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Girls are sweet, boys are strong – enough with the gender stereotypes

Mar 8, 2022.

Girls love the colour pink and playing with dolls. Boys like to play with toy cars and dinosaurs. Girls are well-behaved, boys are strong. To mark International Women’s Day, we are sharing four things that parents can do to counteract outdated gender stereotypes. Because strong girls become strong women.

Let's start with two prime examples: if boys are taught that they are not allowed to be weak and that “real men don’t talk about feelings”, they do not learn how to express their feelings. Girls, on the other hand, are taught that it’s their job to take care of others and to put their own needs aside.

 

This type of behaviour is shown by children at nursery, at school and later on in their professional lives. Putting one’s own needs last while also demanding higher pay doesn’t really work, and so the gender pay gap becomes larger. We need new role models; confident women who know their worth and who communicate it loudly and proudly, and empathetic men who know that alphas are not desirable and who don’t feel the need to be dominant at all costs.

 

There is no manual on how to raise your child in a perfectly gender-sensitive way. And while every child is unique and is wired differently, these four tips can help to inspire reflection and perhaps even encourage you to try some things out.

 

 

1) Do away with preconceived notions

Differences can be observed between the behaviour of girls and boys even before they reach their first birthday. Science assumes today that gender-specific behaviour is partly biologically influenced. Despite this, it is important to know that the similarities between girls and boys, and also between men and women, predominate. In addition, social influences also play an important role. For girls, the focus is often on how they interact with others; for boys, it is often on how they behave. Girls are usually praised for their social behaviour, boys for their ability. Depending on the behaviour, children are thus often reduced to typically gender-specific characteristics. So, rather than always telling your daughter how sweet she is for looking after her little cousin, tell her how clever she is instead. Or if your son wants to paint his fingernails? Let him go right ahead; it will look wonderful! Children should be allowed to experiment with their own creativity.

 

2) Put a new spin on children’s stories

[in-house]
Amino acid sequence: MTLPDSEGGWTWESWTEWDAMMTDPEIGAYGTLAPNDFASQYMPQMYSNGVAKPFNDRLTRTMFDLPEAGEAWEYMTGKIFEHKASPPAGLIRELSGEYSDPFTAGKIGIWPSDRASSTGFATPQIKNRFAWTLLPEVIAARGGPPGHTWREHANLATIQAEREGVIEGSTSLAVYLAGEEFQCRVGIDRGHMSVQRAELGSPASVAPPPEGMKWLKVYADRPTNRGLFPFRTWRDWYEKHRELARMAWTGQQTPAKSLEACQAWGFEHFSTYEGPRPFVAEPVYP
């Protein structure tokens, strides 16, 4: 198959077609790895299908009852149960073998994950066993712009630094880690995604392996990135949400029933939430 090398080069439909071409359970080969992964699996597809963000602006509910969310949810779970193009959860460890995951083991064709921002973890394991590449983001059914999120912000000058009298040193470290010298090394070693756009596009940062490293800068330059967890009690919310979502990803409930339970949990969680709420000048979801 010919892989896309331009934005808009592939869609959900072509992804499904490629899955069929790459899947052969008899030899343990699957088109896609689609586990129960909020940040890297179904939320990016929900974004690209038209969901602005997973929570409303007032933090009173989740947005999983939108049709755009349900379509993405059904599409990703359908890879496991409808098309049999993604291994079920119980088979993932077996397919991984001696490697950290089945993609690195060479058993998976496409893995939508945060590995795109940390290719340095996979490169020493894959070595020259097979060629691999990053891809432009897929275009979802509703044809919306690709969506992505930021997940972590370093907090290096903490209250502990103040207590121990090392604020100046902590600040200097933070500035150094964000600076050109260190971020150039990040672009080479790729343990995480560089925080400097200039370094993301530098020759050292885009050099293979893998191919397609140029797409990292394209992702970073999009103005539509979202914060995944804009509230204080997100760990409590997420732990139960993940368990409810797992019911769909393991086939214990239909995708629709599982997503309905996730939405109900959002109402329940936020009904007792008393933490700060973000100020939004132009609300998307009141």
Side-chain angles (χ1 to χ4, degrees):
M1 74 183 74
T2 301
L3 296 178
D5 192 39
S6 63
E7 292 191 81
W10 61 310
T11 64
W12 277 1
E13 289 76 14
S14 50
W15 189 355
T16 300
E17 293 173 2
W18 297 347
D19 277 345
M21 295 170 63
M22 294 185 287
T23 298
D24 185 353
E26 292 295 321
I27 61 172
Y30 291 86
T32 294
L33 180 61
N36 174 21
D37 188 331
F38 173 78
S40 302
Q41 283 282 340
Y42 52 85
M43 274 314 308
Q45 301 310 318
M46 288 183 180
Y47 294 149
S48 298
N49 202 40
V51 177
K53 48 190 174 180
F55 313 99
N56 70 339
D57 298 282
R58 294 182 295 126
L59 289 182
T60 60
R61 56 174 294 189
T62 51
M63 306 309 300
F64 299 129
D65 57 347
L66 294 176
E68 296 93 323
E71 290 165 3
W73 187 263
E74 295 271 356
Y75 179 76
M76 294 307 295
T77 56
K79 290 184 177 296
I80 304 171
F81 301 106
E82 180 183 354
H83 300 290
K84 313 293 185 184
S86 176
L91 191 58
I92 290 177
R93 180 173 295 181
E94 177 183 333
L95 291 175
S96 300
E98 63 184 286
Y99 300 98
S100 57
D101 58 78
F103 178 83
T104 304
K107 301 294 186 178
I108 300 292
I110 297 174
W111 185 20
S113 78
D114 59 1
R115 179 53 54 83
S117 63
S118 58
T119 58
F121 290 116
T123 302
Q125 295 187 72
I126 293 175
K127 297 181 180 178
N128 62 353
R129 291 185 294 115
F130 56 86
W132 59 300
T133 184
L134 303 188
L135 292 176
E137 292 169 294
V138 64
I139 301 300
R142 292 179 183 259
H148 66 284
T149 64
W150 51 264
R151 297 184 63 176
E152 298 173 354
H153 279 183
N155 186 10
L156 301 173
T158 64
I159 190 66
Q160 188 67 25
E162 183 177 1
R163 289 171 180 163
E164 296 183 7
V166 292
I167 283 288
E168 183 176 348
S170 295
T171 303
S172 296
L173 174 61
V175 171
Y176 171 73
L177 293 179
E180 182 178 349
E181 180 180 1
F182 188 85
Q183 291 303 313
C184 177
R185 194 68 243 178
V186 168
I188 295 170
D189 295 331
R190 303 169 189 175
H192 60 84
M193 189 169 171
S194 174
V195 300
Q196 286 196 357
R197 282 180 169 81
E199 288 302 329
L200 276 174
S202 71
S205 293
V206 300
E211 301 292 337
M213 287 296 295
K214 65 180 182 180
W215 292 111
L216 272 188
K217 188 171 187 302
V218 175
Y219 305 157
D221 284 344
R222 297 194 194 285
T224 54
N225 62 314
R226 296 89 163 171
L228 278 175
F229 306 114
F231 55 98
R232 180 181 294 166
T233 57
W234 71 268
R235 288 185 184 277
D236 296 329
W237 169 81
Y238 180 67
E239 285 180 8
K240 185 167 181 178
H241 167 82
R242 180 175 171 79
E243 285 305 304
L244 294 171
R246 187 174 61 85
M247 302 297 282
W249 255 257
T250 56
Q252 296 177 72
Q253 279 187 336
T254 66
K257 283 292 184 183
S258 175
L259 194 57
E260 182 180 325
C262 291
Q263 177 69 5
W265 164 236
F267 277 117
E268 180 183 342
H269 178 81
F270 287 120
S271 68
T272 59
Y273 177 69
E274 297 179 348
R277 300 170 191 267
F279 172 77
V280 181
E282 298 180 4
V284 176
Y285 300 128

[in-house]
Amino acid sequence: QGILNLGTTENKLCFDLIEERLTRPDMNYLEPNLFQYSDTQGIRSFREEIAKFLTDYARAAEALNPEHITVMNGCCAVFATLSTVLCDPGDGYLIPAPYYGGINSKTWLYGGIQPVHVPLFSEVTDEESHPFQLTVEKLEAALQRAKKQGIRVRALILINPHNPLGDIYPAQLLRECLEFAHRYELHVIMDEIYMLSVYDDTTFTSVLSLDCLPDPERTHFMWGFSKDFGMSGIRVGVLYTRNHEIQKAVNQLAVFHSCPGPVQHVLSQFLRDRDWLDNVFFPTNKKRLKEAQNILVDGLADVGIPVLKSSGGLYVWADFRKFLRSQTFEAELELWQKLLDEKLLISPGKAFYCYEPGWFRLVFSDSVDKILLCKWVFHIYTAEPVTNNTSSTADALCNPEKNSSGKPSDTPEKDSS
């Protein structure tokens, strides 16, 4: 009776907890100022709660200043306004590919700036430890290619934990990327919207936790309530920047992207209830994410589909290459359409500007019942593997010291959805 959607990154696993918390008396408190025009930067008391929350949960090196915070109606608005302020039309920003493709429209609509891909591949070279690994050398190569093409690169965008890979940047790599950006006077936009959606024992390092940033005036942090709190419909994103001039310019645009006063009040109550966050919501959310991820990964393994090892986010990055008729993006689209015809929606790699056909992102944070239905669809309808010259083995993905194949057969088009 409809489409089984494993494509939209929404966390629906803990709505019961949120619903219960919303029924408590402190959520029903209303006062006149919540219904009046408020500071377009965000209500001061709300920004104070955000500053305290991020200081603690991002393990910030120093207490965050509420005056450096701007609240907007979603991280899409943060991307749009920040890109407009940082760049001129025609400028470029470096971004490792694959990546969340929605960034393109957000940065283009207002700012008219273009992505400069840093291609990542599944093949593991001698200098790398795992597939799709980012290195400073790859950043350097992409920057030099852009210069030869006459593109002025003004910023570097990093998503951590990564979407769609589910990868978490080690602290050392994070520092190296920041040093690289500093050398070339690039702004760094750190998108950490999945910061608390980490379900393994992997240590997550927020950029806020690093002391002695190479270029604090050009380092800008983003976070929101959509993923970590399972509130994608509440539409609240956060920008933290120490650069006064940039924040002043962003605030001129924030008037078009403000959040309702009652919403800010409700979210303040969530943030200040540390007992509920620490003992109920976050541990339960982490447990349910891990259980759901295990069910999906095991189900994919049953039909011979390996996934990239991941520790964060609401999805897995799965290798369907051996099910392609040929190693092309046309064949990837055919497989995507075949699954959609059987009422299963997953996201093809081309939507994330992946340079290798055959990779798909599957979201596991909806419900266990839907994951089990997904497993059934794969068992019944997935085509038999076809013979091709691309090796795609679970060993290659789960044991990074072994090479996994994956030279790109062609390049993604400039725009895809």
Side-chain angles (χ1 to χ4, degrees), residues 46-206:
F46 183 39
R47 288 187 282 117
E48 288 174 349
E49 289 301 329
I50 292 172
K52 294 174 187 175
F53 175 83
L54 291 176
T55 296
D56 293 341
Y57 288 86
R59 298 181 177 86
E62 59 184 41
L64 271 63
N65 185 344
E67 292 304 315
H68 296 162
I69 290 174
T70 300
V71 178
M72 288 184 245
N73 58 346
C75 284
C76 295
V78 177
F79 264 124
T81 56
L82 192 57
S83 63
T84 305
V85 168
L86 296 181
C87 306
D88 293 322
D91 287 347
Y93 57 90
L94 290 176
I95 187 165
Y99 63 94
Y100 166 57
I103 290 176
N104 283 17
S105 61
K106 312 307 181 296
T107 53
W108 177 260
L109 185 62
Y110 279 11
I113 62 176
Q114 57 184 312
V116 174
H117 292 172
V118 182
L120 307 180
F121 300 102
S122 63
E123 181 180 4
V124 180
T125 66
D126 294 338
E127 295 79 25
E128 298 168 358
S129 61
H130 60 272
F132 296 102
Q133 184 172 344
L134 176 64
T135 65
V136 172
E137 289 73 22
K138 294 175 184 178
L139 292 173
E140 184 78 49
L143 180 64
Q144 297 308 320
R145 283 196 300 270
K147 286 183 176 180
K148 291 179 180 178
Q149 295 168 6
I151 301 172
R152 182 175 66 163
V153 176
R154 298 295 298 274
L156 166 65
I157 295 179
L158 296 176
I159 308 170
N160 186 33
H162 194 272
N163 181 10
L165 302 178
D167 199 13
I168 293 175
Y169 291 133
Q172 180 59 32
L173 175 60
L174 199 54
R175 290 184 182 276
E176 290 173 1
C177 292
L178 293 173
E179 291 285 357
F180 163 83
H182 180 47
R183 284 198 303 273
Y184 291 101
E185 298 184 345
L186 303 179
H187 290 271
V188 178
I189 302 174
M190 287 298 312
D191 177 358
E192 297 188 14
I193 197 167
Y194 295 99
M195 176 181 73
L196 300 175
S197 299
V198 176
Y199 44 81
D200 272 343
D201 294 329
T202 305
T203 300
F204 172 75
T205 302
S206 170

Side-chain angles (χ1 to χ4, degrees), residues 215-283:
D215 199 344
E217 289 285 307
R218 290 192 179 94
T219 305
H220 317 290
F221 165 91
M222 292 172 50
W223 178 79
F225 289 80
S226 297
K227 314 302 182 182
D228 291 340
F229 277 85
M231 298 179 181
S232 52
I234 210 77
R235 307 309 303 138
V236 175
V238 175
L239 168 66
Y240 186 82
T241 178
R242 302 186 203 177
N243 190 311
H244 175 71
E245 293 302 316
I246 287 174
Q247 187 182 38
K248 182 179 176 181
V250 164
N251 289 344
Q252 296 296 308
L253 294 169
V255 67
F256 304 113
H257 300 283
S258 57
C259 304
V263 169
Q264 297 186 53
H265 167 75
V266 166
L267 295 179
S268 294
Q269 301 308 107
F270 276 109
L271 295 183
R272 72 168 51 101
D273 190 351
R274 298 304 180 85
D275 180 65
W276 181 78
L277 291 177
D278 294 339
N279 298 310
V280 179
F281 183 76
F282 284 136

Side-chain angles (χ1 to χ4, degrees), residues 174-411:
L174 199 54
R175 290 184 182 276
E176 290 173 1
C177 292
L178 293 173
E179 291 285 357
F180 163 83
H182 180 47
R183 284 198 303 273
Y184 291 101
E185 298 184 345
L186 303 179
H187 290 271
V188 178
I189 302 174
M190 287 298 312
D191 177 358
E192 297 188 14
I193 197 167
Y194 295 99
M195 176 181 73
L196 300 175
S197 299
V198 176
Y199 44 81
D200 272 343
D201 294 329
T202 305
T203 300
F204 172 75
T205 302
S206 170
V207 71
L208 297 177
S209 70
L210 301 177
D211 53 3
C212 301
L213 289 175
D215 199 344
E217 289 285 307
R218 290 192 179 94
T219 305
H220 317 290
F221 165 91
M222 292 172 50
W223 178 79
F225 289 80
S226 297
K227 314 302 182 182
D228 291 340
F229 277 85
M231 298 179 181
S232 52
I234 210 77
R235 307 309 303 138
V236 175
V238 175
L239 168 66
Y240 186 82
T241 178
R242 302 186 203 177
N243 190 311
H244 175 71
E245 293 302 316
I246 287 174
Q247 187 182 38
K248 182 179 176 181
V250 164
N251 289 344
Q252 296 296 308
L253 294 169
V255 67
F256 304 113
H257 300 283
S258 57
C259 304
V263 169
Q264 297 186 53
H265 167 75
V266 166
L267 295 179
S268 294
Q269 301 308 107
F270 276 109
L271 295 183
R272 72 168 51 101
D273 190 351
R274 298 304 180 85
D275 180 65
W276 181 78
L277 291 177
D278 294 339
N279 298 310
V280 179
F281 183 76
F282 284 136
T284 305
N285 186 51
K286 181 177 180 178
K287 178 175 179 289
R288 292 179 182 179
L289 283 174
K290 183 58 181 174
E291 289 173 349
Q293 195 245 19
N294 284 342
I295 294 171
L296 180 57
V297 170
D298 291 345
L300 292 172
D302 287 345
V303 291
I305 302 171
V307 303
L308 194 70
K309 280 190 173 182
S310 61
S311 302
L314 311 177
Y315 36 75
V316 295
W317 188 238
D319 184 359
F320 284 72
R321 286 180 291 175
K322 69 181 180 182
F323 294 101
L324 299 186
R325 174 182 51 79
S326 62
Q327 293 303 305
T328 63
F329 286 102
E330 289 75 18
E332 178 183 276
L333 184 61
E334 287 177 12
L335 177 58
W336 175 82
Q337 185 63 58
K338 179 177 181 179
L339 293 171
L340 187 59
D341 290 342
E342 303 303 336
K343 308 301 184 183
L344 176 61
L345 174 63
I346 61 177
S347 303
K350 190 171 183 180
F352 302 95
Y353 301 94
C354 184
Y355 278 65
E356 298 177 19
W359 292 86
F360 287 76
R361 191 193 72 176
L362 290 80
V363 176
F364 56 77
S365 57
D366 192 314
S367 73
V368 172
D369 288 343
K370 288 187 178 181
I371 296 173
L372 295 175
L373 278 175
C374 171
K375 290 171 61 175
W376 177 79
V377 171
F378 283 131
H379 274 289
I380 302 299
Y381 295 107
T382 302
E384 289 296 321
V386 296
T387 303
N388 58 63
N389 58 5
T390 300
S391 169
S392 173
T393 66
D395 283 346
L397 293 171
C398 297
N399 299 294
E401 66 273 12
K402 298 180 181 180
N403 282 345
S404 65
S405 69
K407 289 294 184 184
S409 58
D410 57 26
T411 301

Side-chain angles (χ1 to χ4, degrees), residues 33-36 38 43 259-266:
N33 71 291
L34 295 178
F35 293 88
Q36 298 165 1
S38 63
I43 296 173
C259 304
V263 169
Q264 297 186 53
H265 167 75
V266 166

Show your children a world that is not limited by rigid gender stereotypes. Reverse the roles when reading a story, for example, or invent one yourself and improvise the narrative together with your child: the kind prince suddenly takes care of the Seven Dwarfs, while the strong girl slays the dragon. You will also find a selection of exciting books compiled by the city of Zurich's Office for Gender Equality here (in German).

 

3) Encourage gender-sensitive play

Children who play with things not typical for their gender are more likely to experience negative reactions from those around them, and boys are more affected by this. It is our job as adults to create a friendly environment in which children can play freely. Try to support and encourage your child’s interests and abilities, regardless of their gender. You can do so by avoiding praising gender-conforming behaviour, and by refraining from ridiculing or belittling behaviour that does not conform to classic gender roles. Creating a gender-sensitive play environment also applies to the physical objects that children play with. Almost exclusively “female” props are often found inside a doll’s house, such as handbags, doll prams, kitchen utensils or ironing boards. Drills, workstations and workbenches are usually missing. This suggests that it’s the woman’s job to keep a home while the man goes to work, and the line between gender roles in the private and professional spheres becomes further reinforced. We therefore recommend that you deliberately buy “male” props for your child’s doll’s house.

 

4) Offer alternatives

Let children play games and with toys that do not conform to typical gender roles. Get physically active with your daughter, give her a toy excavator to play with and encourage her to play sports. And with your son, you can sing, dance and play musical instruments, or do creative activities. This encourages children to engage independently with something new and discover their interests.

 

Our commitment

The Human Safety Net Switzerland, a Generali Switzerland foundation, promotes early education and care in Switzerland together with our partner the Marie Meierhofer Institut für das Kind. So that children can develop positively and get an equal start in life. The Marie Meierhofer Institut für das Kind is an early learning competence centre and a partner of The Human Safety Net Switzerland.

 

Sources

This text was created with the help of the following sources: